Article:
Design Notes Archive



If you ever read Elizabeth GIlbert’s book Eat Pray Love, you may remember the chapter where the protagonists talk about each city and person having a single word that defines it. For the multidisciplinary design firm, ASH NYC, the word “evolution” comes to mind. What began as a real estate staging firm morphed into property development, into hotel design and operation, into residential design, into product design and production. Their role is ever evolving but regardless of the medium, ASH’s projects are often rooted in history, taking cues from the past and reimagining them for the present. 

In the American city of Detroit, that meant rescuing a Renaissance Revival building from the brink of demolition and transforming it into a contemporary hotel that celebrates the city’s heyday. “Detroit was called the Paris of the midwest. It was the second wealthiest city after New York in the 1920’s, 30’s and 40s,” says ASH creative director Will Cooper. “The historical component is very important, to color within the lines of something that already has a story and bring back the soul.”

Dubbed the Siren Hotel, ASH drew inspiration for the color palette from local Pewabic pottery–seeing examples in Art Deco landmarks like the Guardian and Fisher buildings. Those brilliant blues, yellows, reds and greens top of mind, coupled with discovering original terrazzo in the building’s stairwell, and inspiration from a recent trip to Milan, they set about cladding the hotel bathrooms in a colorful new interpretation of terrazzo tiles. When the hotel opened in 2018, photos of the bathrooms sent the internet into a frenzy.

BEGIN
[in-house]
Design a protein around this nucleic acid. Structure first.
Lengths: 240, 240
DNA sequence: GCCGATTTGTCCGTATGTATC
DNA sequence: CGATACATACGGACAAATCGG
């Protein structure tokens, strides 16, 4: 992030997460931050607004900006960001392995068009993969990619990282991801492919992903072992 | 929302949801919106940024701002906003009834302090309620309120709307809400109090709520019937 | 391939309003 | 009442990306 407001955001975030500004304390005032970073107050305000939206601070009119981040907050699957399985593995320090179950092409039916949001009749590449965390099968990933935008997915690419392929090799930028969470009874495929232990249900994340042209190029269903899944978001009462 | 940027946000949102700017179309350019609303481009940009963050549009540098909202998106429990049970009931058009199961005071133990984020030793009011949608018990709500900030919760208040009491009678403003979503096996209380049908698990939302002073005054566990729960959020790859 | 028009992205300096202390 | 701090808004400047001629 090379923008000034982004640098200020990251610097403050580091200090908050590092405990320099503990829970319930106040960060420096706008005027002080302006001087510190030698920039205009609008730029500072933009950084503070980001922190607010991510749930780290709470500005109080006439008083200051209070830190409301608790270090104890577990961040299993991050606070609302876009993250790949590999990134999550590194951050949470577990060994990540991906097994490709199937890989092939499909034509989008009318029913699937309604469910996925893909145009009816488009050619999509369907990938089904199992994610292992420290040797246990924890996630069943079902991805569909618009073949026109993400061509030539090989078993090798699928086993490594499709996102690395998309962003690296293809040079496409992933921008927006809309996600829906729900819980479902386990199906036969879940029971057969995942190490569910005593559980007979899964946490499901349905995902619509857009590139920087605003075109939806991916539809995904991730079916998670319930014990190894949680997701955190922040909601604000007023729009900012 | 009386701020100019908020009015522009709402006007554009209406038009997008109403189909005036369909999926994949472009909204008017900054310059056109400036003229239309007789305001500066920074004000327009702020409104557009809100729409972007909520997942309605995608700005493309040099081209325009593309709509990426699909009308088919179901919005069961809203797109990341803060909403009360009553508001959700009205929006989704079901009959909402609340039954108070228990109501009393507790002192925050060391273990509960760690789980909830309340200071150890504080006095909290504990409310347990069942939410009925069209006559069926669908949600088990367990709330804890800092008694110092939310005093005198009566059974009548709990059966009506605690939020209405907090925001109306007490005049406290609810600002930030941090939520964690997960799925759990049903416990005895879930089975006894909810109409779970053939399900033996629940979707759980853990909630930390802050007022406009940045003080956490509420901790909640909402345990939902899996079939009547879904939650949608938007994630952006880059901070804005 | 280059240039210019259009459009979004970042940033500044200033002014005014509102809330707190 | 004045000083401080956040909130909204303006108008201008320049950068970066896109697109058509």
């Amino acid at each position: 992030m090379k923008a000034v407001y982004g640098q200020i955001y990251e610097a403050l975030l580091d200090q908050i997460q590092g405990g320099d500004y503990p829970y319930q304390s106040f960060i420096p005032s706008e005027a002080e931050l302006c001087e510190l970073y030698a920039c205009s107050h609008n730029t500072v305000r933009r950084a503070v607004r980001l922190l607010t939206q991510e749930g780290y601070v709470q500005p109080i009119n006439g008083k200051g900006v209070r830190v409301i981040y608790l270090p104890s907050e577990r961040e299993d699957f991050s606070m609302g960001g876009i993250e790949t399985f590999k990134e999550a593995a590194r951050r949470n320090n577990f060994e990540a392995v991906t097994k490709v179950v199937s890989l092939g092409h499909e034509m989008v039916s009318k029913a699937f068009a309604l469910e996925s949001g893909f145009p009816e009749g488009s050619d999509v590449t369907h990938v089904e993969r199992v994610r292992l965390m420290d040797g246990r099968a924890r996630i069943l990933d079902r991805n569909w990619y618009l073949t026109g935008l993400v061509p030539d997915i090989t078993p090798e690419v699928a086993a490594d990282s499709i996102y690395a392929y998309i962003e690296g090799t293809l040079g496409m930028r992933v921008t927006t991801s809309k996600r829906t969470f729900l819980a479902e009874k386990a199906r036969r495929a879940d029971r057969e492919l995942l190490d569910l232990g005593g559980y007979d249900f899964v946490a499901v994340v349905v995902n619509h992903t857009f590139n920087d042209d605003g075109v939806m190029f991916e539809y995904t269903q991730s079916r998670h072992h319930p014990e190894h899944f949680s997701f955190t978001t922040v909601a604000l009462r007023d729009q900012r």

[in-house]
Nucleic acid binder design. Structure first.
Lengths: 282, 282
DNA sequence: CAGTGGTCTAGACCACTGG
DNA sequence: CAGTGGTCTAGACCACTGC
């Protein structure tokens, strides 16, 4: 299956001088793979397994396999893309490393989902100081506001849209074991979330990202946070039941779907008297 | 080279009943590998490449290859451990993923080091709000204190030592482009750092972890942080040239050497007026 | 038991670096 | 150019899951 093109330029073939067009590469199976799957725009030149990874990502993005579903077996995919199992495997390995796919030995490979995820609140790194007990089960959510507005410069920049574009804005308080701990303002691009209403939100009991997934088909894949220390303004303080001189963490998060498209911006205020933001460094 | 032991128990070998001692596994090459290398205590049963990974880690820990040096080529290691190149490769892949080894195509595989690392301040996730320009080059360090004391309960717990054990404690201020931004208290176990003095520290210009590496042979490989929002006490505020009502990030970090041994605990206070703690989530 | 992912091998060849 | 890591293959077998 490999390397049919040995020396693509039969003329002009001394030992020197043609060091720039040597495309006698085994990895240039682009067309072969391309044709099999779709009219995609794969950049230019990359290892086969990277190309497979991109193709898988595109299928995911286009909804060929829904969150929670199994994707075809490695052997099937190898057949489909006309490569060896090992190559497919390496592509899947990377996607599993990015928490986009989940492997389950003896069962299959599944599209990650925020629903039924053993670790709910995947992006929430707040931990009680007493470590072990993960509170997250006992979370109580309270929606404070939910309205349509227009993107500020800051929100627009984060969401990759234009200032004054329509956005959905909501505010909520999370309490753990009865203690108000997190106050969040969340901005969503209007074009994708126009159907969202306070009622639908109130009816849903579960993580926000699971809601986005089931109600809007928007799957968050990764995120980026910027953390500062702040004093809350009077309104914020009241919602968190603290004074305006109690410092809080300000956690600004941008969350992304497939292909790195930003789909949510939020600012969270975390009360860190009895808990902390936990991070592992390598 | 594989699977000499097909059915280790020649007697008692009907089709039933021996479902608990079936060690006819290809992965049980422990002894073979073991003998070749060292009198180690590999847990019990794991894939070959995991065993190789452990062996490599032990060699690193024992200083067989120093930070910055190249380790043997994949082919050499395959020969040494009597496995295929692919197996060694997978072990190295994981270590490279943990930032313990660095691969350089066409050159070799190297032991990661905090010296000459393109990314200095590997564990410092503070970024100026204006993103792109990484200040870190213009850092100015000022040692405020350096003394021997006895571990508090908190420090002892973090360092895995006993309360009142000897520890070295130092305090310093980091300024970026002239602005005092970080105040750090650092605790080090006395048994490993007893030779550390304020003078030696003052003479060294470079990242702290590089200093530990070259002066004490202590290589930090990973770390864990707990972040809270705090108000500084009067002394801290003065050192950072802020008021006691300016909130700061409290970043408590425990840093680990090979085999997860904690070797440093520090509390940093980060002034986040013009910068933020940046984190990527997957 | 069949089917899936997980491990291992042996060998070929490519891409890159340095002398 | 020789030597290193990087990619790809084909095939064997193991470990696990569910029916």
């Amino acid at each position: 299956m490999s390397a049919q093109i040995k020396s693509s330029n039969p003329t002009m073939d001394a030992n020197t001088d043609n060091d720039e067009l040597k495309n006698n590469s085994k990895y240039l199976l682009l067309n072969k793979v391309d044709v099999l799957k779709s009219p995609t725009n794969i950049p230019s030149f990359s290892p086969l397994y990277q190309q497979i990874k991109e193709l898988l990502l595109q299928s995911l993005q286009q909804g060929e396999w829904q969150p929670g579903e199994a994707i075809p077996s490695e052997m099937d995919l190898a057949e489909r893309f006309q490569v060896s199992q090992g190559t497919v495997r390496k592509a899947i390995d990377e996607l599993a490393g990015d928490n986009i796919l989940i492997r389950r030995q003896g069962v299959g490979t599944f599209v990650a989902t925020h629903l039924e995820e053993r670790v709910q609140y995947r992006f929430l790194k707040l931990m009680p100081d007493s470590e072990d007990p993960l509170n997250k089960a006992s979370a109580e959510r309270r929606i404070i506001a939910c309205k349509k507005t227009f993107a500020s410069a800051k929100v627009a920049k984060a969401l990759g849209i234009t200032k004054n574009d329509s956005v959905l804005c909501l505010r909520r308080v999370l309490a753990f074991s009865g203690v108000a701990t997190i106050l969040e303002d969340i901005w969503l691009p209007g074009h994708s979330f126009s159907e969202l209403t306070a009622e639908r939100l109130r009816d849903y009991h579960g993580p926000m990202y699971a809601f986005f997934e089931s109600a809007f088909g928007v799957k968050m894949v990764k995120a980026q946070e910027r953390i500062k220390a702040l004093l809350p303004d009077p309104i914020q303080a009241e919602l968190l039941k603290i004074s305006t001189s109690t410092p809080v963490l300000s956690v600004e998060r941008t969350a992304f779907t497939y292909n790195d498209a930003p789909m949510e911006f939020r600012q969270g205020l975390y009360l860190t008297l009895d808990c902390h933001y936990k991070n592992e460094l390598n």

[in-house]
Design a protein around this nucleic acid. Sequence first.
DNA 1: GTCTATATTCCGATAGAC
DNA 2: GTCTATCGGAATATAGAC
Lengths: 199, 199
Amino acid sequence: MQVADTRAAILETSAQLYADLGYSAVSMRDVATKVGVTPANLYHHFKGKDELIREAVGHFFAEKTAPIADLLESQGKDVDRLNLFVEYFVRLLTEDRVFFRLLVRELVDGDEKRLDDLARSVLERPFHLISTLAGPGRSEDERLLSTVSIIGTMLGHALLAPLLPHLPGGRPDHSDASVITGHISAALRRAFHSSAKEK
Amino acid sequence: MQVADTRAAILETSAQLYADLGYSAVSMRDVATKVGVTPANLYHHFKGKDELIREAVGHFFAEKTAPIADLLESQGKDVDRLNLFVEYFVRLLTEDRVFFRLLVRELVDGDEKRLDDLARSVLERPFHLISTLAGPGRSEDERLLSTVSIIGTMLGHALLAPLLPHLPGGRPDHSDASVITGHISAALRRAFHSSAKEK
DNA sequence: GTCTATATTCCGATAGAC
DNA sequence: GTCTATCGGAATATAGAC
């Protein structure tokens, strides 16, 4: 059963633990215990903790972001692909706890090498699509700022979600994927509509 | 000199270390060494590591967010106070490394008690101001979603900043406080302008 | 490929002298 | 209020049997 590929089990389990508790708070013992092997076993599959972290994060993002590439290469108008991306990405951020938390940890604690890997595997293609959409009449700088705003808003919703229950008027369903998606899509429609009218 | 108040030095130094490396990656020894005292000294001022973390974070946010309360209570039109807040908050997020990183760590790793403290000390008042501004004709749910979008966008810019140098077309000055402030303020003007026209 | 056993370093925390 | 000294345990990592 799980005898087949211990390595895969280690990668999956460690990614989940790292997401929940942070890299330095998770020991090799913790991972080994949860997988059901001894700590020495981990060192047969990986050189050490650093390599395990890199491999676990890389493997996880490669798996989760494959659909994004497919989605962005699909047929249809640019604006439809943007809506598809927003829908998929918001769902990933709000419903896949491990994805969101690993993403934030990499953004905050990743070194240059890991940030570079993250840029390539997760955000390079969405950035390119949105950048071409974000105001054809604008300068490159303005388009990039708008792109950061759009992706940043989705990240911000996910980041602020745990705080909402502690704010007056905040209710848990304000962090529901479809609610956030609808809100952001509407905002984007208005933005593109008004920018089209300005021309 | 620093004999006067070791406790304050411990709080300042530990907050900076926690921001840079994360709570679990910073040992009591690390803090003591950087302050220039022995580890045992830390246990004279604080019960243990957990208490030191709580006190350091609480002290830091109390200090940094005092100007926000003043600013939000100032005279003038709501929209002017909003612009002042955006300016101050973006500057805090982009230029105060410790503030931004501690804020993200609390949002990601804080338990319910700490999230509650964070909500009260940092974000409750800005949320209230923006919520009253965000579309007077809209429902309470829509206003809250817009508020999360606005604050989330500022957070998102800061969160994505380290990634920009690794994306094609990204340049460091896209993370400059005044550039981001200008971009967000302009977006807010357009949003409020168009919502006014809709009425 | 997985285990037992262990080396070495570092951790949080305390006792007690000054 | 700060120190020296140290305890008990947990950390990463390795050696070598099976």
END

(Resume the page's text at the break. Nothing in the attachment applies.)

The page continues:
That same year, ASH was also transforming an old church, rectory, convent and school building in New Orleans. Called Hotel Peter & Paul, it is markedly different from Siren–leaning into the city's French heritage in its styling–but there is a thread of color that unites them. “I was looking at a lot of Le Corbusier’s architecture and the Bauhaus period,” says Cooper, “and I liked the idea of that primary color palette plus green being a narrative of how we tell our story through the hotels.” As such, you can expect to find the palette woven through their next hotel, slated to open in Baltimore, Maryland next summer, with references pulled from Cooper’s travels to Greece, Turkey and India also at play. 

Cooper’s own home in New York’s East Village serves as a laboratory, exploring this mix of colors and historical references in a rotating collection of antiques alongside his own designs, like the voluminous striped Pillow chair. “It’s always changing with things coming and going,” he says. You can find pieces that Cooper designed along with ASH’s current inventory of antiques, scooped up on buying trips throughout Europe, on 1stdibs. And Balineum has now partnered with ASH to bring their terrazzo tiles to market as the Siren collection. Handmade in Italy, the line is available in ASH’s 6 signature colours.

Photographs © Christian Harder